If you will protest courageously, and yet with dignity and Christian love, when the history books are written in future generations, the historians will have to pause and say, "There lived a great people - a black people - who injected new meaning and dignity into the veins of civilization” - Martin Luther King, Jr.

Woman raped in Zanu-PF provincial headquarters
The sad tale of violence and subhuman thuggery continues.
Mugabe supporter and long time Zanu-PF loyalist Richard Munthuli was so angry when he heard the results of the by-elections that he grabbed a woman passing by the Zanu PF provincial headquarters, the Davies Hall carried the woman on his shoulders and went with her inside Davies Hall where he raped her twice.
This unacceptable behaviour has become a trademark of Mugabe's Zanu-PF regime. Zanu-PF has become nothing more than a collection of thieves, abductors, torturers, rapists and murderers.
One wonders how this subhuman thug, Richard Munthali, rates his chances of survival once the Mugabe regime has been consigned to the dustbin of history. Maybe he like Mwale and others know they are doomed so they no longer care about what they do and how they behave.
In the meantime the Bulawayo magistrate Fadzai Mthombeni who is hearing the case needs to be acutely aware that the eyes of the nation are upon this case and carefully watching every move to see whether justice is seen to be done. Judges, magistrates and prosecutors who are found to have sold their souls and their integrity to the illegitimate Mugabe regime must not expect mercy when their patron Robert Gabriel Mugabe is thrown into Chikurubi and they are called upon to account for their role in the crimes against humanity committed by this regime.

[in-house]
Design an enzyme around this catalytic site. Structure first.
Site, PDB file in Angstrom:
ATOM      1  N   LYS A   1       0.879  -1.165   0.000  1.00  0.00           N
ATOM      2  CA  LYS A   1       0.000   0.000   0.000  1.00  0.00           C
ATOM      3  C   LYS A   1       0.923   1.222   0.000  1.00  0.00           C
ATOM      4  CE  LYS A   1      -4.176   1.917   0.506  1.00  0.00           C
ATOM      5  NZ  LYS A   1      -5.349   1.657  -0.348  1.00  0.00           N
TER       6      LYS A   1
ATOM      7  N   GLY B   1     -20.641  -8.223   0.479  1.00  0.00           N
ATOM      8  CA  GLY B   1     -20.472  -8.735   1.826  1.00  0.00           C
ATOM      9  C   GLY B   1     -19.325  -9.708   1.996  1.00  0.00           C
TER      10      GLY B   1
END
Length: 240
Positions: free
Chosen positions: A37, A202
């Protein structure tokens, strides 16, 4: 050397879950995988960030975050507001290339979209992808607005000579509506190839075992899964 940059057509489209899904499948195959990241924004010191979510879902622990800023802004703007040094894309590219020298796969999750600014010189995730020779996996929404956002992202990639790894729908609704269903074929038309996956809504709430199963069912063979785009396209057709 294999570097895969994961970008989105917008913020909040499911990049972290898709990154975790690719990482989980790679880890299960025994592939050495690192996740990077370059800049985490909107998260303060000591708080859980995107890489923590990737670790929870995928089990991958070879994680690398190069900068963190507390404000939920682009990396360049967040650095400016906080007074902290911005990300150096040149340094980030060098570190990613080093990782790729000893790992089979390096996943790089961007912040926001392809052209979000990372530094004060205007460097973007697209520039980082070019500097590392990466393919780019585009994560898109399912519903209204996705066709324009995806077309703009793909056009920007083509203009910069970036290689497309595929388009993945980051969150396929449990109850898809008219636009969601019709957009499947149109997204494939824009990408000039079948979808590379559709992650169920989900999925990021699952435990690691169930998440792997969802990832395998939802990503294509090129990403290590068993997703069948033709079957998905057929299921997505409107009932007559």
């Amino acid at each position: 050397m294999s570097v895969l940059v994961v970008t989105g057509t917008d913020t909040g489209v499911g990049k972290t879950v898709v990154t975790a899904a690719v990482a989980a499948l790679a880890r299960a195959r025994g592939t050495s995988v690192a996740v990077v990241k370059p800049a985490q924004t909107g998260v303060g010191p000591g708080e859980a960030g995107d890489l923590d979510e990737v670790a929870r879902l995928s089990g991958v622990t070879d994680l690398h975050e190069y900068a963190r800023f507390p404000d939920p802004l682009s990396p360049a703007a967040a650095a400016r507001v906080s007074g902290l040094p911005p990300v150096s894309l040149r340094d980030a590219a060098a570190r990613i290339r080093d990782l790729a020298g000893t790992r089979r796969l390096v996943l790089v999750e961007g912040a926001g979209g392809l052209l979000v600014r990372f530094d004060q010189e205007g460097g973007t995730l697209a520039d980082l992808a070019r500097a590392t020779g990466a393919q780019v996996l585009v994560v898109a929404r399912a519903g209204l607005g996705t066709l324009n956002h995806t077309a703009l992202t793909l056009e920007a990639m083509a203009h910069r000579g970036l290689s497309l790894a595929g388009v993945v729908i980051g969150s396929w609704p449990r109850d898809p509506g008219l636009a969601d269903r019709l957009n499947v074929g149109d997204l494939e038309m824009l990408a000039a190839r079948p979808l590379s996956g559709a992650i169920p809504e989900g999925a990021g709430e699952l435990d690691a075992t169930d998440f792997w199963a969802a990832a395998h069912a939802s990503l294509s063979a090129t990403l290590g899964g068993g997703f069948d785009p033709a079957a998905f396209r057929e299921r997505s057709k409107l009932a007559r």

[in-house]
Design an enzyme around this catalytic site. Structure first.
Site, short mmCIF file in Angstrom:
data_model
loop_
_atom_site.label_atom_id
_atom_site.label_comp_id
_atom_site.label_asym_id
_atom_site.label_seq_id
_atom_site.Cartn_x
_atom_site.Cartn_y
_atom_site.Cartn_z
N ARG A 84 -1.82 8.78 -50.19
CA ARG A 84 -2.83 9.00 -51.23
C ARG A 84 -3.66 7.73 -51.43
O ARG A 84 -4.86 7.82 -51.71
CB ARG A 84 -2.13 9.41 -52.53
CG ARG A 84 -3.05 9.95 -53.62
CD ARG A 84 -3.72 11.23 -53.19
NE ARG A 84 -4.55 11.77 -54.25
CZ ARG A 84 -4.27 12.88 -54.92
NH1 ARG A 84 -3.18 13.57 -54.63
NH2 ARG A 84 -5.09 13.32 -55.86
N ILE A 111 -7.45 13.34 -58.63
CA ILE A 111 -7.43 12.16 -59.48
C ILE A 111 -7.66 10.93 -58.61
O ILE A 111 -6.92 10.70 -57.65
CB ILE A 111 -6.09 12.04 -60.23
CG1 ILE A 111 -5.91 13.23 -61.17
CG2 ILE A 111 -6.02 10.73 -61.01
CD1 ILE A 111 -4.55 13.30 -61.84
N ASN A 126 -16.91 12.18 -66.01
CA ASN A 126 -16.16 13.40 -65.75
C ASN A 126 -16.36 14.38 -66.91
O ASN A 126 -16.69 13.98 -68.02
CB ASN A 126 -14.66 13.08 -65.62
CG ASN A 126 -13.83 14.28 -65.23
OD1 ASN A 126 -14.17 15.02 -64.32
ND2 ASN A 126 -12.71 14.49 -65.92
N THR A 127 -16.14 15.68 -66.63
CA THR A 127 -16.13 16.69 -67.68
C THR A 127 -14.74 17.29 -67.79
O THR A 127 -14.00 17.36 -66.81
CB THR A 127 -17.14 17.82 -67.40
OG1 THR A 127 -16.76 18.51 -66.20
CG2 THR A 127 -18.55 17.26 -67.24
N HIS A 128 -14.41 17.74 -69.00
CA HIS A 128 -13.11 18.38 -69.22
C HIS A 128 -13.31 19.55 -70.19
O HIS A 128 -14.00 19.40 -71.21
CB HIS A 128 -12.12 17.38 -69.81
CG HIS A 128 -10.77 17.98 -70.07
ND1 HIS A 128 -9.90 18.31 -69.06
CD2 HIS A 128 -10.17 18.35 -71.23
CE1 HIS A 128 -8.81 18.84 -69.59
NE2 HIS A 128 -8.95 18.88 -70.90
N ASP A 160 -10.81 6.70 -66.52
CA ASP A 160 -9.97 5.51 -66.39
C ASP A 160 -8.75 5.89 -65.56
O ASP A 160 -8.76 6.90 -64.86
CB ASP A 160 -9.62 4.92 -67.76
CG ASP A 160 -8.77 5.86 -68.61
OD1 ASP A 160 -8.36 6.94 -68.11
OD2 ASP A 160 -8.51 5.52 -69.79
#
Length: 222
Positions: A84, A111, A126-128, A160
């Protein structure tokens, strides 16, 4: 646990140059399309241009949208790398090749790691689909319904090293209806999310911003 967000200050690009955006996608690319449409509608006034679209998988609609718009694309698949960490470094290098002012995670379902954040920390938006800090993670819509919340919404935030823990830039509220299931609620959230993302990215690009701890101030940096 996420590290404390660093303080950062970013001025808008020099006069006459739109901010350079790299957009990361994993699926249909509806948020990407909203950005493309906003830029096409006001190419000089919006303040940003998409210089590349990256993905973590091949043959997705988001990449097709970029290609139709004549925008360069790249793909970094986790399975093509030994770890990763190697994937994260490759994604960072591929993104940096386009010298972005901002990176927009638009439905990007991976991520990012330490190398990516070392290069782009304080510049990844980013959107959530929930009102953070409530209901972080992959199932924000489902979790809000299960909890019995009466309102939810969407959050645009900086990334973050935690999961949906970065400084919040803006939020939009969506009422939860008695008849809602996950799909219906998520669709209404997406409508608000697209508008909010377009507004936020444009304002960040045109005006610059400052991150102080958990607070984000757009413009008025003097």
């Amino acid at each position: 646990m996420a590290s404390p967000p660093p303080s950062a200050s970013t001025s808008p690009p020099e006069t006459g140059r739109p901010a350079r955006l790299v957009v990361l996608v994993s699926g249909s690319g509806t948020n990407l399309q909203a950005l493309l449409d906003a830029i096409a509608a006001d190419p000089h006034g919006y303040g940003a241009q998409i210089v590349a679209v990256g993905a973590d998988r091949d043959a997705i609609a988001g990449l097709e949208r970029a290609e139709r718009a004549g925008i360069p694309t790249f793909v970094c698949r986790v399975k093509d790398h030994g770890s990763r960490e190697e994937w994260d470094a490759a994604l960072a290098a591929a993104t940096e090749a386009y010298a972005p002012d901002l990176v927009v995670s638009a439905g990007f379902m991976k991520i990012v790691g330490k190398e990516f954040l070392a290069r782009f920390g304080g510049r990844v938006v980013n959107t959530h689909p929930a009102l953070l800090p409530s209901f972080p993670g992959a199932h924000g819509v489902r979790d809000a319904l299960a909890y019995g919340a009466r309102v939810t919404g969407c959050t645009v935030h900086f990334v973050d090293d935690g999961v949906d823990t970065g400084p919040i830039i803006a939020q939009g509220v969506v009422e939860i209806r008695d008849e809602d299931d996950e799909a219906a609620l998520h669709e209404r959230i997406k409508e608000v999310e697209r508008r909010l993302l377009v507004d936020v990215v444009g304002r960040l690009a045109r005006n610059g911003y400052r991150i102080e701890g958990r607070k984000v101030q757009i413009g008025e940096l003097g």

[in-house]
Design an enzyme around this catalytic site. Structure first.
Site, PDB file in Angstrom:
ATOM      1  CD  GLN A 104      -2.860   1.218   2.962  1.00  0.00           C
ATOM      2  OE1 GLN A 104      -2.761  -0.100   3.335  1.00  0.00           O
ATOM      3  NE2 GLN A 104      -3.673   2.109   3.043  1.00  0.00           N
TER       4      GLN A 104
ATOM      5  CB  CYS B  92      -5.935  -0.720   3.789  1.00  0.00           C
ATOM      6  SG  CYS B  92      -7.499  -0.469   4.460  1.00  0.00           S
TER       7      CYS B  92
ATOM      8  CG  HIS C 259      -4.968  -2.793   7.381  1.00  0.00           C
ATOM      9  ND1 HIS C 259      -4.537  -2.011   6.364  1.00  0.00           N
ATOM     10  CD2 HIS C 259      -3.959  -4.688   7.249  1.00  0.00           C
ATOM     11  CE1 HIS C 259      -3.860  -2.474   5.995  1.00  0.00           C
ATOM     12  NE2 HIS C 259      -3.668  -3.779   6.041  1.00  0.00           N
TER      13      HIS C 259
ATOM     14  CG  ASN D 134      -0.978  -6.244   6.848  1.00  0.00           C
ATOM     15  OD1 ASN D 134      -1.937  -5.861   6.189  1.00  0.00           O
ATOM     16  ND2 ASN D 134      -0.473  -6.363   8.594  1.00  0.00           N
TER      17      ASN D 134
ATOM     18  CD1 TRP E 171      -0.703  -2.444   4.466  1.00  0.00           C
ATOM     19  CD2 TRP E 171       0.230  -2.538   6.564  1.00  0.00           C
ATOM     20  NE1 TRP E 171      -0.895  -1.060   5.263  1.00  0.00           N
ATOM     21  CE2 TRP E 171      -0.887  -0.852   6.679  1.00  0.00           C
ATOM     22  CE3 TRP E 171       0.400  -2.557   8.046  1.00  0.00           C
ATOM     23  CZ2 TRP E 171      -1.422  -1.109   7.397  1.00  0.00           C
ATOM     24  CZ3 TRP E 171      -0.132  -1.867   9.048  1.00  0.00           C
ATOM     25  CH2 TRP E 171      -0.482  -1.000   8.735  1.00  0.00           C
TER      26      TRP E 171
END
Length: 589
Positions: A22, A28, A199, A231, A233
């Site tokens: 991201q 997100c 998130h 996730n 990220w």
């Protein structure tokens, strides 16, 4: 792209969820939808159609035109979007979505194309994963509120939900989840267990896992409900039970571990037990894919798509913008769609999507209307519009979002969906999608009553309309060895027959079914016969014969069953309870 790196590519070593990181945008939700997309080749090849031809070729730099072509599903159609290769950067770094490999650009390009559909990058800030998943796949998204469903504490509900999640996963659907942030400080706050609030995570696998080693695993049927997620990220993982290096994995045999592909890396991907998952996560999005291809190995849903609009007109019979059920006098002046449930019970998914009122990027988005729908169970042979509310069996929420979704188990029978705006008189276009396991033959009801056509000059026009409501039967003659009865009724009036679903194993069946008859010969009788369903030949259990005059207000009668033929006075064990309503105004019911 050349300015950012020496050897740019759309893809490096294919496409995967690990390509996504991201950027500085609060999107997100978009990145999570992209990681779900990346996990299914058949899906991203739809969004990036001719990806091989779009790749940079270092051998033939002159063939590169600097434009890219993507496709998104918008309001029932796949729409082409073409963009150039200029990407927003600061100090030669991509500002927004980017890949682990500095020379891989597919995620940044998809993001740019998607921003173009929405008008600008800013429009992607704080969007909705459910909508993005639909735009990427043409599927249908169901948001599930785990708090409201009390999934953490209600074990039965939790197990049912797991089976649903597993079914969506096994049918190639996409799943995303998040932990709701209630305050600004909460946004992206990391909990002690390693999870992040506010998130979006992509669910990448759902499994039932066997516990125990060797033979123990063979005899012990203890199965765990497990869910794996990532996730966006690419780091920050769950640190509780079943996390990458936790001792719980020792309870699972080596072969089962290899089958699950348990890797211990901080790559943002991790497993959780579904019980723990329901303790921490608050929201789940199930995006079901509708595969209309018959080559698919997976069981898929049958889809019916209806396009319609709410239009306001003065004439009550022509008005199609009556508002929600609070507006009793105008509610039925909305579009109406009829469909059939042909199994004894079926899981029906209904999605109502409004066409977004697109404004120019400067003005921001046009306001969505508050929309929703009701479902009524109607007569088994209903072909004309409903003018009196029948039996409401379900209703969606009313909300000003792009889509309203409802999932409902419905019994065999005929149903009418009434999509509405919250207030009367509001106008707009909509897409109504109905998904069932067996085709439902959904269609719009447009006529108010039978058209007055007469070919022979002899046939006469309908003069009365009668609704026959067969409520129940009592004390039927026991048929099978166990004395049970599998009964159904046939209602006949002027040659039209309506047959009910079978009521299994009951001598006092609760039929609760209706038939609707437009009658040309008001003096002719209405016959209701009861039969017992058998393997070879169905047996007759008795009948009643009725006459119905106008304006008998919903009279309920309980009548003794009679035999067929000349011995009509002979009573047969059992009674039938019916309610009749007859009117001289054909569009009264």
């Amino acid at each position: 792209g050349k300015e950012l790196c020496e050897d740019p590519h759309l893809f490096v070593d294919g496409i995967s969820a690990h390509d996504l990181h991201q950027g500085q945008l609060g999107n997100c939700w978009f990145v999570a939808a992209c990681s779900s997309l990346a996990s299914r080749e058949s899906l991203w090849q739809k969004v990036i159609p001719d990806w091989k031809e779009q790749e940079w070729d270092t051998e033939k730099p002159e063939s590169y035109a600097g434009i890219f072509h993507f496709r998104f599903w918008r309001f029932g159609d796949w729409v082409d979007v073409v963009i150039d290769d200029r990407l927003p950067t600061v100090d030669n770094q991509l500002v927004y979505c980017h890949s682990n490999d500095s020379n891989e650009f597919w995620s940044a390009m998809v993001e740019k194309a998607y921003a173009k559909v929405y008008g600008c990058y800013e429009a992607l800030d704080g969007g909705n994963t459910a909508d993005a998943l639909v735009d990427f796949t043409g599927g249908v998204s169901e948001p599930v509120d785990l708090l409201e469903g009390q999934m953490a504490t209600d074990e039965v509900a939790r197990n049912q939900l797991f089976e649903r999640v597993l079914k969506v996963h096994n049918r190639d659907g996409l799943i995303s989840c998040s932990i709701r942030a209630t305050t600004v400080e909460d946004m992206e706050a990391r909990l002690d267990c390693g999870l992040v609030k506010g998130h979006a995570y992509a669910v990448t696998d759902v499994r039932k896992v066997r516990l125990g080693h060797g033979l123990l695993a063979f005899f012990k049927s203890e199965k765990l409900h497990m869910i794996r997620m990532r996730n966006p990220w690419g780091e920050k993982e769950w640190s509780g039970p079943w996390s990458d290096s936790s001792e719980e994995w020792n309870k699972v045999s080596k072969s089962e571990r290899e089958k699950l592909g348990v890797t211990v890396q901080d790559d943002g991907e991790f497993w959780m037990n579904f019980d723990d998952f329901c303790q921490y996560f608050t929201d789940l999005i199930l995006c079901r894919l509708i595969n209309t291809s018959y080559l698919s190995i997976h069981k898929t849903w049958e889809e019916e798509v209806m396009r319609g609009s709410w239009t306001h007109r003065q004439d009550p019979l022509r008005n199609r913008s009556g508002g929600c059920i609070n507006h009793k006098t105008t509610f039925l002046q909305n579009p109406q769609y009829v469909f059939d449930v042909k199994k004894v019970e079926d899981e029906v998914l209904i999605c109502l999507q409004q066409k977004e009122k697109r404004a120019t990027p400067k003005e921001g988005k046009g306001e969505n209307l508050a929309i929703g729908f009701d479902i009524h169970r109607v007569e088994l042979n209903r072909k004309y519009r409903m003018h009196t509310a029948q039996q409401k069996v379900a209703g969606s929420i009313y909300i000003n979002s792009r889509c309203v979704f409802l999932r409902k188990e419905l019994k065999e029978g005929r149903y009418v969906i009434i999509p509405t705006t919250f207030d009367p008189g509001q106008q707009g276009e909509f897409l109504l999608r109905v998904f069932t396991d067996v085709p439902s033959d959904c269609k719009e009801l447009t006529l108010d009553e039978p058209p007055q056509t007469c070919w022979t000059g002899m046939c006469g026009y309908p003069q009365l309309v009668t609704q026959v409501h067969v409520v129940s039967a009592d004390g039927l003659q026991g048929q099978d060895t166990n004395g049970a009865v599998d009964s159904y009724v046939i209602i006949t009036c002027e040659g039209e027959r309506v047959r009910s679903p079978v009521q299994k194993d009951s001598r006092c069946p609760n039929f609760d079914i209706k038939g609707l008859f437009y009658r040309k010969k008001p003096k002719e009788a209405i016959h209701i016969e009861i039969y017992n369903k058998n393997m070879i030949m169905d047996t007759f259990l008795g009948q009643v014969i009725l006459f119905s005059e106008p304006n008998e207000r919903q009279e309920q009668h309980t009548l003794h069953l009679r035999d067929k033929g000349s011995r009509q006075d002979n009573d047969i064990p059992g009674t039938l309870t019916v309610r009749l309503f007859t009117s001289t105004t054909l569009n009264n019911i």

Security forces must respect citizens
The Zimbabwe Civic Education Trust (ZIMCET) is concerned about the state’s response to the perceived national security risk arising from the Movement for Democratic Change (MDC) ultimatum.
Although it is necessary to safeguard the nation’s security, this
should be done in a way which does not infringe fundamental human rights. Reports of the police allegedly harassing, innocent civilians at roadblocks are cause for concern.
In these times when everyone is concentrating on fighting the HIV/ AIDS pandemic and workers having three percent of their salary channelled to this cause, some rogue elements masquerading as army personnel are alleged to be forcing people to have unprotected sex.
Such messy killing is not acceptable in a democratic society that claims to uphold the rule of law and responsible citizens should not accommodate such behaviour. The army’s dissociation from the bogus soldiers alone is not enough. Full investigations should be launched into these incidents.
While ZIMCET does not challenge the enforcement of law and order, it totally condemns the panic expressed by the government and the police before, during and after the mass action organised by MDC. Evidence is abundant to the effect that suspects have been seriously tortured.